>    one's original registration drops. At the same time, the cost of
>    protecting one's brand goes up (from the cost of three domains to
>    four, five, ...).
>
>    The value of each domain name such as example.com also drops because
>    of brand dilution and public confusion. Even though most people
>    largely ignore the last segment of the name, when it is actually 
> used
>    to distinguish between different owners, this increases the mental
>    effort required to remember which company has which top level 
> domain.
>    This makes the whole name space less usable.
>
>    Is it fair to reduce the value of these domains which have been
>    acquired at great cost by their owners?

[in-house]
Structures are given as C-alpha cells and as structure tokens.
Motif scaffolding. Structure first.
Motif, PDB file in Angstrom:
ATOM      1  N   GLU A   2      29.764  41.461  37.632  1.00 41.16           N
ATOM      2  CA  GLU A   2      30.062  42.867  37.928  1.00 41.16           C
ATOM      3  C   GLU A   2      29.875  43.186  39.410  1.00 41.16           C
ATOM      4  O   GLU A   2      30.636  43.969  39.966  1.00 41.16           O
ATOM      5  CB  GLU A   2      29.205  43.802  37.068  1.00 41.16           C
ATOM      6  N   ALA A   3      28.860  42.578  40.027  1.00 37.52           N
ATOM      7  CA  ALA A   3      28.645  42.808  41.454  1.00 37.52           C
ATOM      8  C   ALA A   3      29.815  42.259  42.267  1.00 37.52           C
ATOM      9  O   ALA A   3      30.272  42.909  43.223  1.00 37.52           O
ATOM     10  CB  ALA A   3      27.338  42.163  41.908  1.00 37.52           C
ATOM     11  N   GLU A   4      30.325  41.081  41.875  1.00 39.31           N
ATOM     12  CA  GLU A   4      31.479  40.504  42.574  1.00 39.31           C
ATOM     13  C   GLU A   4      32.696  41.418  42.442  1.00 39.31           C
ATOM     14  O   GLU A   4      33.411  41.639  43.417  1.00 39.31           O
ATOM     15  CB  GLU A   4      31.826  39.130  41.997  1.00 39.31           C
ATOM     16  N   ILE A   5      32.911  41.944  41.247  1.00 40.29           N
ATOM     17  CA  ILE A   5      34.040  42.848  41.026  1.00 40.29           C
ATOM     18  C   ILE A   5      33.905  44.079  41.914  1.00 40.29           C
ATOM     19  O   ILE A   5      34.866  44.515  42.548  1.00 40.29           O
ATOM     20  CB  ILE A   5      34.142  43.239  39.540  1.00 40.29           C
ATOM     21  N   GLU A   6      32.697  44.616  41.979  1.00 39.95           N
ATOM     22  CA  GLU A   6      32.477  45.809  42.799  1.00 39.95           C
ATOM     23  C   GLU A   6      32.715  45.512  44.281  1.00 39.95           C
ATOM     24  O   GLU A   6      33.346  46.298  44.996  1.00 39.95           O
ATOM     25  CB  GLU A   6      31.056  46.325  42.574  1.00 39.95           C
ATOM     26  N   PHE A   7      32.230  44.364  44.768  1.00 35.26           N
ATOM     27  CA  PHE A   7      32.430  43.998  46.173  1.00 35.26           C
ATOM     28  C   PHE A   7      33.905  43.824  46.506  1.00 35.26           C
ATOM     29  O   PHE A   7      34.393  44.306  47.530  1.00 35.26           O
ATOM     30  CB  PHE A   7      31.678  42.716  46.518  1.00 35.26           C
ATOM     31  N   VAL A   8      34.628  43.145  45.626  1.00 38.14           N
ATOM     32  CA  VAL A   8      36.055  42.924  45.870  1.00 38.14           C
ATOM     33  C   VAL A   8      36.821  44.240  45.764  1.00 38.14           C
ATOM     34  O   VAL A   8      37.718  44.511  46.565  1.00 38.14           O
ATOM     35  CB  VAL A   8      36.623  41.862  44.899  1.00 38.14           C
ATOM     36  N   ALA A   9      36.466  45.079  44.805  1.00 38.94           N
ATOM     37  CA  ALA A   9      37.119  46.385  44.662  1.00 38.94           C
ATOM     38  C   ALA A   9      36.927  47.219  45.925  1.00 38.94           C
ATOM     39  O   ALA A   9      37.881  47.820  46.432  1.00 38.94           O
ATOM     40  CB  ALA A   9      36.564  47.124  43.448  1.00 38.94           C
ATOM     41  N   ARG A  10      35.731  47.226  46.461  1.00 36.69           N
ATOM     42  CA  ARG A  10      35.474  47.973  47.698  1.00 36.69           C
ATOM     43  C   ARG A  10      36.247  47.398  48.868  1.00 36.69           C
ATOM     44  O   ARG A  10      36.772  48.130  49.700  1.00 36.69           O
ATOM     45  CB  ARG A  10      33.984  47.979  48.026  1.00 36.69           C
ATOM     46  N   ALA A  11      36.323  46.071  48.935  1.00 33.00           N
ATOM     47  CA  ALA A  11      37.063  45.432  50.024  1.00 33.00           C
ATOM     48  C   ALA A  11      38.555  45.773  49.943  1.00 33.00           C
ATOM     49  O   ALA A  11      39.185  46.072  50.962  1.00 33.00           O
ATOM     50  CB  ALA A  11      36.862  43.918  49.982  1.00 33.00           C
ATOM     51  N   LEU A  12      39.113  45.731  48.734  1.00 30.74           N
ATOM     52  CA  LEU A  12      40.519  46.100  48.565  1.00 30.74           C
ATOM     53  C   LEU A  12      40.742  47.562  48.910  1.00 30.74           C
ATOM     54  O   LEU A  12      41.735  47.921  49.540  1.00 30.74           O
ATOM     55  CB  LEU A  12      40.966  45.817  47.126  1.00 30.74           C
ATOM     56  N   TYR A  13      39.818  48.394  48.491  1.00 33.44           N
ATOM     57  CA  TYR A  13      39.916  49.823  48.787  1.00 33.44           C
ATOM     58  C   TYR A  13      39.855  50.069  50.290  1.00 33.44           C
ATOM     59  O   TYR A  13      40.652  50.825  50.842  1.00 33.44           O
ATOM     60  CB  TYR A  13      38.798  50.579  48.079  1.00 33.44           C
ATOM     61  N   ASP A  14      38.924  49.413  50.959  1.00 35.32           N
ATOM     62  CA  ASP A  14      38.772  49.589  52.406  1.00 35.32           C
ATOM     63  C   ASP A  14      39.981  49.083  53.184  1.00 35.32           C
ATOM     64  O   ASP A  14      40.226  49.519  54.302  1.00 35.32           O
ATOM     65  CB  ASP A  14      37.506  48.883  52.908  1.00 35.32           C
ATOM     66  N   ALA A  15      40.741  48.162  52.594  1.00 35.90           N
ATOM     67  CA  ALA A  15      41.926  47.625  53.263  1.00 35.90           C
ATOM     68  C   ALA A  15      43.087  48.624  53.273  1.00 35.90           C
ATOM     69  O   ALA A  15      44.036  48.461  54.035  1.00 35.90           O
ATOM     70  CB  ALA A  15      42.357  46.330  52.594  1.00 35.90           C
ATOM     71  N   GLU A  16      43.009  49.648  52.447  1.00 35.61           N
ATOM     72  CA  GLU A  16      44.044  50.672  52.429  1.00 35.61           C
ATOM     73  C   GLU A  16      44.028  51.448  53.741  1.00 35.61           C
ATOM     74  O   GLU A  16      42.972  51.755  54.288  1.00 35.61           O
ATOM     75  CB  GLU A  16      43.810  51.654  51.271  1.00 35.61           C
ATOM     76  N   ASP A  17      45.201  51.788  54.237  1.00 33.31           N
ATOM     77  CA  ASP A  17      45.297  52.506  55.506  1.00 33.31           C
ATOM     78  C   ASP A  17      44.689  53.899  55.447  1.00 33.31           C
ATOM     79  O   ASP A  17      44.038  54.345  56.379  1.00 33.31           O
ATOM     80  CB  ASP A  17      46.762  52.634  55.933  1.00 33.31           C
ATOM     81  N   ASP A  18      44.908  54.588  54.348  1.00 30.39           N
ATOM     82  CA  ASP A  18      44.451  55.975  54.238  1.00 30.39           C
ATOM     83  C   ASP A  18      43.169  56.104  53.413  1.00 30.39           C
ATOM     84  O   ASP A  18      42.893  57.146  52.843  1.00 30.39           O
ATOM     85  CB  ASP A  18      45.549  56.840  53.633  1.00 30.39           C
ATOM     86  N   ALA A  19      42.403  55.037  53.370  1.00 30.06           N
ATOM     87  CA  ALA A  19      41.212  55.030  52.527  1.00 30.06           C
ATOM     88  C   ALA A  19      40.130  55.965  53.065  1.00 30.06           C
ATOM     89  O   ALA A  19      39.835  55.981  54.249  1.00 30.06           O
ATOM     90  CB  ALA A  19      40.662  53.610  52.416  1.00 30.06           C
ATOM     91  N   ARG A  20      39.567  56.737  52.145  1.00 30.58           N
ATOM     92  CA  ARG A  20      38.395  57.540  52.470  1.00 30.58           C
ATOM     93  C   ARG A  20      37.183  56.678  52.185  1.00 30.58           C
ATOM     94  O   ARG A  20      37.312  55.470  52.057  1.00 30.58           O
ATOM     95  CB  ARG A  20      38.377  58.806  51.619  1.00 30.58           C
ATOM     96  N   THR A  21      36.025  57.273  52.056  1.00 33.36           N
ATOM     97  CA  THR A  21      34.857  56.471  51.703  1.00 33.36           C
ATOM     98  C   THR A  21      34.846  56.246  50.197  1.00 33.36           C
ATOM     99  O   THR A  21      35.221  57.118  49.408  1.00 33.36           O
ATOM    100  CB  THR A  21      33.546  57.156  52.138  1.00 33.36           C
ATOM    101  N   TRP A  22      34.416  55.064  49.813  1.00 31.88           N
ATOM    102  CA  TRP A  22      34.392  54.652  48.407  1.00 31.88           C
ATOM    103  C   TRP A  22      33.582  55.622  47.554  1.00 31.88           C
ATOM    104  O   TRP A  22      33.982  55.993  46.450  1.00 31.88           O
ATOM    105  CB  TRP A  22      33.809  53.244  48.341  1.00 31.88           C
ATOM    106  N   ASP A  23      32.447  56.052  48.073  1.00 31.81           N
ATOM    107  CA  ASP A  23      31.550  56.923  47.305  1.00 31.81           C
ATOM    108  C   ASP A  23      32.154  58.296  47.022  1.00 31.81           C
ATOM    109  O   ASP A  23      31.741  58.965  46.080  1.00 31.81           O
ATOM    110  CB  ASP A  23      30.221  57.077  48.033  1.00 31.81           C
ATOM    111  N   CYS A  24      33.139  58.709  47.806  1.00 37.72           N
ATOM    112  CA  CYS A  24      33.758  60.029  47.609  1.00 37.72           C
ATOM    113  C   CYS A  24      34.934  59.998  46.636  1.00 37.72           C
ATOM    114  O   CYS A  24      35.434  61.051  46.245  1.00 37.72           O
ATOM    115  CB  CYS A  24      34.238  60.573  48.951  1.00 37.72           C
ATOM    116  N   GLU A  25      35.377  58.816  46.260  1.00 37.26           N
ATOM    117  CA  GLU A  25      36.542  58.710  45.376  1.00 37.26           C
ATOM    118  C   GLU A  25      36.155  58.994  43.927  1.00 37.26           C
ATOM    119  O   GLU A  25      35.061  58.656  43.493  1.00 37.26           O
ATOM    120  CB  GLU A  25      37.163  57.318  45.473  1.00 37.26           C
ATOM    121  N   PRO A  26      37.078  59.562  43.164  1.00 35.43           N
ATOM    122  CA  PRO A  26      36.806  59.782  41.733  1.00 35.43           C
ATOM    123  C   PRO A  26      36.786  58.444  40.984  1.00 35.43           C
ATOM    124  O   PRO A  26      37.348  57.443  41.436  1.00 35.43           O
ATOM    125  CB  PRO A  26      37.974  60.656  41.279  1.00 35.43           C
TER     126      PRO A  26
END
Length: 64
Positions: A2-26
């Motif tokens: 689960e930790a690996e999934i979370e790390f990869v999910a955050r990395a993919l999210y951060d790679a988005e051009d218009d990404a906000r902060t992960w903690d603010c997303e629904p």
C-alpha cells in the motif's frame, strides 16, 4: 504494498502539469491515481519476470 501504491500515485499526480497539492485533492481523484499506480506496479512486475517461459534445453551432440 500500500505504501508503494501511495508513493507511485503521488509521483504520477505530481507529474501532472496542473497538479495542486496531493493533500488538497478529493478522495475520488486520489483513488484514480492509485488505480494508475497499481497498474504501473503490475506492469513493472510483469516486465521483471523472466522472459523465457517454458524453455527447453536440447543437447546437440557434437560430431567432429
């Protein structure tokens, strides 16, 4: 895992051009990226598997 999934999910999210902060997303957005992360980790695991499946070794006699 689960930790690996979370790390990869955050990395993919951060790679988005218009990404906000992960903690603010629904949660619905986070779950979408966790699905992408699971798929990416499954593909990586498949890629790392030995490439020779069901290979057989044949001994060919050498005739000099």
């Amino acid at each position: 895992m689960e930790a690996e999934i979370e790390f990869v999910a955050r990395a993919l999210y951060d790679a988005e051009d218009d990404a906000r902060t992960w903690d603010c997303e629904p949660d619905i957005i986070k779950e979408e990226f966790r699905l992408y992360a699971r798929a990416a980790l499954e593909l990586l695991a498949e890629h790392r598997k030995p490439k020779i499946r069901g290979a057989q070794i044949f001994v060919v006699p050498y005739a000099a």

>
>    The second effect is that instability is brought on. There is a 
> flurry
>    of activity to reserve domain names, a rush one cannot afford to 
> miss
>    in order to protect one's brand. There is a rash of attempts to 
> steal
>    well-known or valuable domains. The whole process involves a lot of
>    administration, a lot of cost per month, a lot of business for those
>    involved in the domain name business itself, and a negative value to
>    the community.
>
> Fairness
>
>    As we have seen, the choice of a tree structure for domain names is
>    one which has costs and benefits, and the community currently 
> accepts
>    both. The cost of confusion, and of extra name registrations, is 
> high.
>    When the benefits of the new domain itself are small or negative (as
>    we discuss below), then one looks for incentive. The large amount of
>    money that has changed hands for domain names might lead a person to